Backstage ‘A Family History Mystery’
Lights, Camera, Action – “A Family History Mystery” this innovative class is not a lecture about family history, it’s an experience. Youth don’t need to be taught how to use technology, they need to be excited about detecting clues, solving puzzles, and uncovering stories about their ancestors. The idea for this presentation arose from a desire to have more for youth at a regional family history conference that we, Adam & Judie Rawlin, co-chaired.
In planning the 2013 Houston Family Search Genealogy Conference we met with a number of youth to get their ideas for youth involvement at the conference. They were excited to have the opportunity to present classes; however, as registrations came in a lot of adults signed up for these classes taught by youth. We knew this was a good problem, because adults have much to learn from their younger technology savvy counterparts. However we had set a goal to have youth make up half of the conference attendees and we needed something more to encourage them to register to attend. And that is where the ideas for “A Family History Mystery” were born, this wasn’t just going to be a class where youth would sit and listen to someone tell them how to do family history, this would be an opportunity for them to roll up their sleeves and get right into it- an immersive experience.
Selecting a mystery to use was a cinch. We had one that had puzzled our family for years, and that after working on it for months we had finally pieced together. It was important to us that the mystery be authentic, that this was not just a made-up story. Using our research notes we wrote a script outlining the process we had followed, the clues we had received which had allowed us to solve a family history mystery.
We had a script, now all we needed was a set, actors, a crew…. We wanted the class to be exciting from the start, to be more like a show than a class and so we enlisted the help of youth who were in their high school’s theater to design and build a set. We ended up with four sets of flats to represent four areas in the mystery as well as several on-stage props. We found youth actors to help bring the documents in the mystery to life. We also enlisted missionaries already helping at the conference to join the youth backstage crew as set movers. The backstage crew operated under the direction of a youth who was the stage manager of her high school’s theater department.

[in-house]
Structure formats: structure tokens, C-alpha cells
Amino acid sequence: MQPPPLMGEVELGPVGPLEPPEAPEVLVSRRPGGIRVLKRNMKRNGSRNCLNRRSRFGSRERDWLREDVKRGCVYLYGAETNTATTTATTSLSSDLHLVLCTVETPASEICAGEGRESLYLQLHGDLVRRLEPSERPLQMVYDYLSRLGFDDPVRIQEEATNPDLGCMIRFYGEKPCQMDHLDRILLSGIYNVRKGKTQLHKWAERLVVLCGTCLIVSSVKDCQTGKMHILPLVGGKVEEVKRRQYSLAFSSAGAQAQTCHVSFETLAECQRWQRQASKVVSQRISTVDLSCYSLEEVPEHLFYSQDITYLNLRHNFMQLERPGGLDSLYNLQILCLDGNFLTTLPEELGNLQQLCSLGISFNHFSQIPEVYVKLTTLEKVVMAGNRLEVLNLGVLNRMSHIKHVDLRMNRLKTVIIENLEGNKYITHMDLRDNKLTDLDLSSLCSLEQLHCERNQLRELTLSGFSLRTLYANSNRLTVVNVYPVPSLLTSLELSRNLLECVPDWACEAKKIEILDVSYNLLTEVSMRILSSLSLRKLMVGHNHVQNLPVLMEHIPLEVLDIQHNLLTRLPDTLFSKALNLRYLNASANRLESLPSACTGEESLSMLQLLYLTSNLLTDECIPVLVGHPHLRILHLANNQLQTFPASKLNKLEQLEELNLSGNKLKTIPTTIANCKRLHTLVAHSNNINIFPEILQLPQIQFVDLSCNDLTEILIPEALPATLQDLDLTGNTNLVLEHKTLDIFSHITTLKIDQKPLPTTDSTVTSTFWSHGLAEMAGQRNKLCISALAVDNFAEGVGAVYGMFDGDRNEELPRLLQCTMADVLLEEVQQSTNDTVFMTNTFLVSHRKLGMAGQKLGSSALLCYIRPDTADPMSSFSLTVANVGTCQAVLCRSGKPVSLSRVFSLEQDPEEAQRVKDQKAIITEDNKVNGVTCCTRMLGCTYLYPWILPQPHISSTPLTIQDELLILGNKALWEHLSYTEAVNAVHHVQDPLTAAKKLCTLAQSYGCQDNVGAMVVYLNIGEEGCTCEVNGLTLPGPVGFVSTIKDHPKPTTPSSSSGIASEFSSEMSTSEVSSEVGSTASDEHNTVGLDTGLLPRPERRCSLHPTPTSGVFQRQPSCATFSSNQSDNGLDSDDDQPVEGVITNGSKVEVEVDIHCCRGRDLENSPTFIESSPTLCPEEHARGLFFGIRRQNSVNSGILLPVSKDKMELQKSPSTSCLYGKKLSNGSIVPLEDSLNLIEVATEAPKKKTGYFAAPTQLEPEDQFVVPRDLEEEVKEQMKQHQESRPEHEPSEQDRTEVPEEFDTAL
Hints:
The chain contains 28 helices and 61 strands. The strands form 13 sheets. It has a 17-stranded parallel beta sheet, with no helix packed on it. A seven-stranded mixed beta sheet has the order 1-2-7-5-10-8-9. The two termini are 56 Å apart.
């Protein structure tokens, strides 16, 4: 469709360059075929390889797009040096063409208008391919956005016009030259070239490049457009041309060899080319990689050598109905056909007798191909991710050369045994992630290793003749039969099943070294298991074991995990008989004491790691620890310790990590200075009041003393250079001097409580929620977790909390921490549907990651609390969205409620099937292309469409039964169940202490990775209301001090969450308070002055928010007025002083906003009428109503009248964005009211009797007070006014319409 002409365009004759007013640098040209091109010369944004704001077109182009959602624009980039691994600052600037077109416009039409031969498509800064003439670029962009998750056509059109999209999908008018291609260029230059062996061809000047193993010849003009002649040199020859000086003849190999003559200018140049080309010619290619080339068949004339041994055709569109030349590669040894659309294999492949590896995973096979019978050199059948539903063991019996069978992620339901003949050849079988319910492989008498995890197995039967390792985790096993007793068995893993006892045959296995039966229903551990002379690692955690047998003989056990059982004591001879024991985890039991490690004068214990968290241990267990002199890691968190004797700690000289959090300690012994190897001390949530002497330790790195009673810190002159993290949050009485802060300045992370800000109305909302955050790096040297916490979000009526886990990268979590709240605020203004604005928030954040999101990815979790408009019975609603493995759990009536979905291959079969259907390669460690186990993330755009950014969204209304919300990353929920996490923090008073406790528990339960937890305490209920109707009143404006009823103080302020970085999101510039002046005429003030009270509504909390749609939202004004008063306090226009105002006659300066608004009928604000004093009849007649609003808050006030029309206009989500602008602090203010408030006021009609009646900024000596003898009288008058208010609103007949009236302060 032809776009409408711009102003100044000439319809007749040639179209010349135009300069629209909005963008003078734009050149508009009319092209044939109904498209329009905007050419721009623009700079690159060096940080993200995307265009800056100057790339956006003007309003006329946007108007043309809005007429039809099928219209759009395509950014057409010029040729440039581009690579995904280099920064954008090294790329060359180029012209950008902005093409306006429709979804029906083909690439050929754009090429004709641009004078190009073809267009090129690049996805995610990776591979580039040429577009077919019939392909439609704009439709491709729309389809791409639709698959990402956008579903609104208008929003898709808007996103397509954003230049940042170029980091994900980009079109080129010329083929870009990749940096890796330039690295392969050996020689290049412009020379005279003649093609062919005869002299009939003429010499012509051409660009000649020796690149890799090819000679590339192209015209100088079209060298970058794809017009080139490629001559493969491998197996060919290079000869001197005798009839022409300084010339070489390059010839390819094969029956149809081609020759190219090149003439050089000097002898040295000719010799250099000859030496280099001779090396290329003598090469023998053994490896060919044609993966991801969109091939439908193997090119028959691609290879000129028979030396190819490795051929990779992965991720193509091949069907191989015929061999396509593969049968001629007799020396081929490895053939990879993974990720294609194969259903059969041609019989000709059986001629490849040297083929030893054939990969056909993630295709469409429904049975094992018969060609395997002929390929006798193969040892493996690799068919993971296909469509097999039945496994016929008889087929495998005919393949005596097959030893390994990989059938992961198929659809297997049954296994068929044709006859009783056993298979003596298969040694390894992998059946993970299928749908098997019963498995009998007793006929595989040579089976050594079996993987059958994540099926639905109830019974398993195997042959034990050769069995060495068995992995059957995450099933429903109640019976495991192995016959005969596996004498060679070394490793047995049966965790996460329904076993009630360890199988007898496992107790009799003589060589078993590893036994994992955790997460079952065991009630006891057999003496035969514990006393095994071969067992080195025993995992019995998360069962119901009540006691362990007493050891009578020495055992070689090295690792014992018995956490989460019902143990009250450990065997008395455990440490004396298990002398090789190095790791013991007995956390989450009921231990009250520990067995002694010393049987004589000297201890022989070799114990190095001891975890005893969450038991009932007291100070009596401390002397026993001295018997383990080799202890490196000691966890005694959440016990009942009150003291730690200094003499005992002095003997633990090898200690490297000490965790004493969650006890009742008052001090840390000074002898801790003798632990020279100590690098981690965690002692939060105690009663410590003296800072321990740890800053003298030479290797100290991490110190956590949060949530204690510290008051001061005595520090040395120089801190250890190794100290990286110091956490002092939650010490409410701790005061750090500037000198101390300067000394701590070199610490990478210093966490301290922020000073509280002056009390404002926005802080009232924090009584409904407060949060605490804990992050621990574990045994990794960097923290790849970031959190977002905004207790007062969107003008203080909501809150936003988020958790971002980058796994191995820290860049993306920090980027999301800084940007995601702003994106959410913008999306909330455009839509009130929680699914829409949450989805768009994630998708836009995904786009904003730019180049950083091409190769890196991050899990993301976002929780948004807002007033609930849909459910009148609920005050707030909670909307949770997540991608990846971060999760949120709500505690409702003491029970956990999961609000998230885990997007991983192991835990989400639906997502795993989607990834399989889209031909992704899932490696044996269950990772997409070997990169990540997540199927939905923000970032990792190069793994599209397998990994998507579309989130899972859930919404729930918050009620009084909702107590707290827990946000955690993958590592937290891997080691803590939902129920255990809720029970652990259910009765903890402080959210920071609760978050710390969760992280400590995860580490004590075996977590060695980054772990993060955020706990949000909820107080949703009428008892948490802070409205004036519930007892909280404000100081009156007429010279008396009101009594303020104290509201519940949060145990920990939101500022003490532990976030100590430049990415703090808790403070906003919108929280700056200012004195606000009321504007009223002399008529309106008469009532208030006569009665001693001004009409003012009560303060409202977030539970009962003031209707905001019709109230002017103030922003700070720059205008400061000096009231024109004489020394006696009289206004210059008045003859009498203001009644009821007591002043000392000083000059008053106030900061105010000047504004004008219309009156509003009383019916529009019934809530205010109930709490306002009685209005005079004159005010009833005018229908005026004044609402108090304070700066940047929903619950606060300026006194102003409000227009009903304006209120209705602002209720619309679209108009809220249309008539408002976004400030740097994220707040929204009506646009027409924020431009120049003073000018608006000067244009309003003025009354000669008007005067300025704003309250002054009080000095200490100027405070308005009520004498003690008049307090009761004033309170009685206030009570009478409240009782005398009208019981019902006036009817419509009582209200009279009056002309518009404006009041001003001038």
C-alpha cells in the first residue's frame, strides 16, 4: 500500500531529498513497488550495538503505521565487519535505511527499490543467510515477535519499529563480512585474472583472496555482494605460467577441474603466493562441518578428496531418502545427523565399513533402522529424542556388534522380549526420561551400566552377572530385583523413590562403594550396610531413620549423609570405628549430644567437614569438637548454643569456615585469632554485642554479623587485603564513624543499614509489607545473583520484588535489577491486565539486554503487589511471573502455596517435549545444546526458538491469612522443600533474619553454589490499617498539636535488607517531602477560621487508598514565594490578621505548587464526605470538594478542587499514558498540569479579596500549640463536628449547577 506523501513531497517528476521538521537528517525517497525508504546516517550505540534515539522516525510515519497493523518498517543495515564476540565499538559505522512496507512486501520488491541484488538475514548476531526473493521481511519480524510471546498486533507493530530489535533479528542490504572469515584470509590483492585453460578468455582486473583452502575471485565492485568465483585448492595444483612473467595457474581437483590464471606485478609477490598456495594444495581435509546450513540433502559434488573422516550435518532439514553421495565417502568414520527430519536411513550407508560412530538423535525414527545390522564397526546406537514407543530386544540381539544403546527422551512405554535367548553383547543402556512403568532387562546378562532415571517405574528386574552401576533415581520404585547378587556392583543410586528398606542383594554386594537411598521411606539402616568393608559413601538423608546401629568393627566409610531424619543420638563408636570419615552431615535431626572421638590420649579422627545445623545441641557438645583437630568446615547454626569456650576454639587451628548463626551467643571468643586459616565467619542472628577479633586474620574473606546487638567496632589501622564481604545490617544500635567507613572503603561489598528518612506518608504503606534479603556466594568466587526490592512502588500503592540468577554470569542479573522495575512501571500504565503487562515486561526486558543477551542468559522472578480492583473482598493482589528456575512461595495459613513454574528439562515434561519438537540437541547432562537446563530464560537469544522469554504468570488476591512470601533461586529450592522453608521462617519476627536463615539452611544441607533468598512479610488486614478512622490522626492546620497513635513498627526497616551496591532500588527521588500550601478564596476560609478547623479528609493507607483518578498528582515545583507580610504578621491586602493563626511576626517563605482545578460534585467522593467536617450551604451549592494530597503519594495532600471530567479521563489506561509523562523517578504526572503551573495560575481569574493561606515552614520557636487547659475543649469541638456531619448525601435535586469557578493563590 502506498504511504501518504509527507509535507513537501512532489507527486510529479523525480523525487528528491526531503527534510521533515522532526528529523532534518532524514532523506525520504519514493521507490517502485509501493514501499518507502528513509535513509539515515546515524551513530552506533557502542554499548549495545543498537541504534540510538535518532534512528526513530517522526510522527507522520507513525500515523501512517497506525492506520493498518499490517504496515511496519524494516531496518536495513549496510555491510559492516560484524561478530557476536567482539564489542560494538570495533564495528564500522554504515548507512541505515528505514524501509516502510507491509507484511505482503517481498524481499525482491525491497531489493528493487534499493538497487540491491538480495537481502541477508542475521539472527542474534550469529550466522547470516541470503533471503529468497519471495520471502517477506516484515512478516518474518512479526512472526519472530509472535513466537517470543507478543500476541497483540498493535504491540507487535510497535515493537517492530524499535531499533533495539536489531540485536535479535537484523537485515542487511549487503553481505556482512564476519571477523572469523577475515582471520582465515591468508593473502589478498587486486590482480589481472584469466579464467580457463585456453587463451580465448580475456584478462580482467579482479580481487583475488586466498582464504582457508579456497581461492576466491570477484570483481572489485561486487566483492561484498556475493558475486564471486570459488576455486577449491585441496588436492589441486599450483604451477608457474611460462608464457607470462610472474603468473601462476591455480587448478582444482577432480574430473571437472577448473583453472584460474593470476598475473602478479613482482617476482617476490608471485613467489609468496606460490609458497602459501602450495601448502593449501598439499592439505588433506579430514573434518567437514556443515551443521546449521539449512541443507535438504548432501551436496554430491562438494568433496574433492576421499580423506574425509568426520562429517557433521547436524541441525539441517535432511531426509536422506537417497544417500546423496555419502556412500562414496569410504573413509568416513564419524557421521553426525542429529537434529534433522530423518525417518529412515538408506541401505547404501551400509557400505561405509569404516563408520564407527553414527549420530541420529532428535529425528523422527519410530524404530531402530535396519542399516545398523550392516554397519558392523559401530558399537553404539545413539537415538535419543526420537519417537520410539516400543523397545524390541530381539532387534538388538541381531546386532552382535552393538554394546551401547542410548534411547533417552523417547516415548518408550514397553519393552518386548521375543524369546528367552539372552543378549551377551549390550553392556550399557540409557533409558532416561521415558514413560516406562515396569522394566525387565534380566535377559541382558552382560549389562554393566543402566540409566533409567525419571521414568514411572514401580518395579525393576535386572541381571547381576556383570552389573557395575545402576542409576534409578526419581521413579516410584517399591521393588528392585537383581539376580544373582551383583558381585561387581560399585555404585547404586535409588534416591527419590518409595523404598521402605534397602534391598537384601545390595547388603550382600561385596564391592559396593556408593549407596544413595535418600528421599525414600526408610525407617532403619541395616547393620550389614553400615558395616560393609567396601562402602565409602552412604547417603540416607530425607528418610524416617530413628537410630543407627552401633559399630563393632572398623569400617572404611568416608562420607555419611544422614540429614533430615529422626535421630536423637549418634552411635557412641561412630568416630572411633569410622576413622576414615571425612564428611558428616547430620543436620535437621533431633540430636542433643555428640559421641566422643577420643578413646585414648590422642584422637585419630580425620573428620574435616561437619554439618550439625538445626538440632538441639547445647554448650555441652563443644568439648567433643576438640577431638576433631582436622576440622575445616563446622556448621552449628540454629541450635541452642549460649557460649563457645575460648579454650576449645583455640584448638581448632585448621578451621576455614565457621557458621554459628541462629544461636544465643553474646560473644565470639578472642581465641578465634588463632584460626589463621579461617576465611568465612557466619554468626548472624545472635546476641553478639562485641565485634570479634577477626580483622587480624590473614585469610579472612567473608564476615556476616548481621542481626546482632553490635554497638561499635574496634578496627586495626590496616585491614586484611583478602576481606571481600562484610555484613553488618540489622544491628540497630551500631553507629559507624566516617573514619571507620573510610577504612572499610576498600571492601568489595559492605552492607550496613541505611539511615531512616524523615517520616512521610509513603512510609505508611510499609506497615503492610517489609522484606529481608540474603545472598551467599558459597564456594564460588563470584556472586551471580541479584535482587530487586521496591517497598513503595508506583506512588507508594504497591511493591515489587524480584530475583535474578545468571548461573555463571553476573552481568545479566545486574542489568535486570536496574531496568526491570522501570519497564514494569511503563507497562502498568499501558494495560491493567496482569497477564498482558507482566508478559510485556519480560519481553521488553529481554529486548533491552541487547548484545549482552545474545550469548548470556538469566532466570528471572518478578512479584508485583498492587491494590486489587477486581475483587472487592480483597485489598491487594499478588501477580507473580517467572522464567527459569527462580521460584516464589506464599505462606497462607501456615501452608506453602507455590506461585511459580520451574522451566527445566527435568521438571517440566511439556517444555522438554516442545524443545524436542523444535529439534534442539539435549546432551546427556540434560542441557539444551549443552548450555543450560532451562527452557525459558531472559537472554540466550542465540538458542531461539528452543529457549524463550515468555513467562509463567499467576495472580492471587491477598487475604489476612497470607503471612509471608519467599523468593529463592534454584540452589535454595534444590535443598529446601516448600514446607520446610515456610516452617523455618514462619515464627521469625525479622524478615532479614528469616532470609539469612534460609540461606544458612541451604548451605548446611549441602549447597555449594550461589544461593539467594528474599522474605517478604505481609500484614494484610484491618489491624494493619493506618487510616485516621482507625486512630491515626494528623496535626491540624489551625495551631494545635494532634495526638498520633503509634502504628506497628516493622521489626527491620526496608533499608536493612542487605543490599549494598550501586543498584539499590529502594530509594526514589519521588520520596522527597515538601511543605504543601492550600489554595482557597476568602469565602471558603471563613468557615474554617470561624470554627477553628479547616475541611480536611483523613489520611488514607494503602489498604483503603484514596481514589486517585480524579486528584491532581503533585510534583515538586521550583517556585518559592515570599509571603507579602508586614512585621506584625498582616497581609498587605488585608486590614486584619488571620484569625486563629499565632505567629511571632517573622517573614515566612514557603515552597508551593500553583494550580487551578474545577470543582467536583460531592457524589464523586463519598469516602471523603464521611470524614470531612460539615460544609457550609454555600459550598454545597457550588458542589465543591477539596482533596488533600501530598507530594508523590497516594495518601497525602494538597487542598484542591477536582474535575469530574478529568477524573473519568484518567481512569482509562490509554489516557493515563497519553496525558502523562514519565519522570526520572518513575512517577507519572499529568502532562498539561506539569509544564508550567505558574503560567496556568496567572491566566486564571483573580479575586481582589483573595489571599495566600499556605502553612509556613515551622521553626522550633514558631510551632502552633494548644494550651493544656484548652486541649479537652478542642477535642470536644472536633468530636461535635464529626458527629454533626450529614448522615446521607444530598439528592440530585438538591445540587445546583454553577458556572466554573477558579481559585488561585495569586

While putting all this together, we were still the co-chairs of the regional family history conference which would end up having 1,000 attendees and as the registrations poured in and we finalized the logistical details of the conference we somehow found time to help the youth build and paint the set – transporting and assembling it the day before the conference and putting the final touches on it during the first session of classes. We’d only fit in a couple of rehearsals and the stage crew had never practiced, but show time came and we pulled it off – the youth were all abuzz about the class and it certainly was a mystery to them and for many was their favorite part of the conference.
We were very satisfied with the end result, the best part being those youth whom we had worked side by side with for several weeks on the final preparations. Jeffrey Stone, one of the youth who helped with the set said, “My favorite experience was working on level with adult leaders. I learned that the spirit of Elijah is strong.”
Because of the tight schedule, we weren’t able to implement all of our ideas and so after it was all over, and Jeffrey asked “what’s next?” we wanted another opportunity to present the class, with more time to plan and prepare for it and thus we submitted a proposal for RootsTech 2014, and began further developing the class.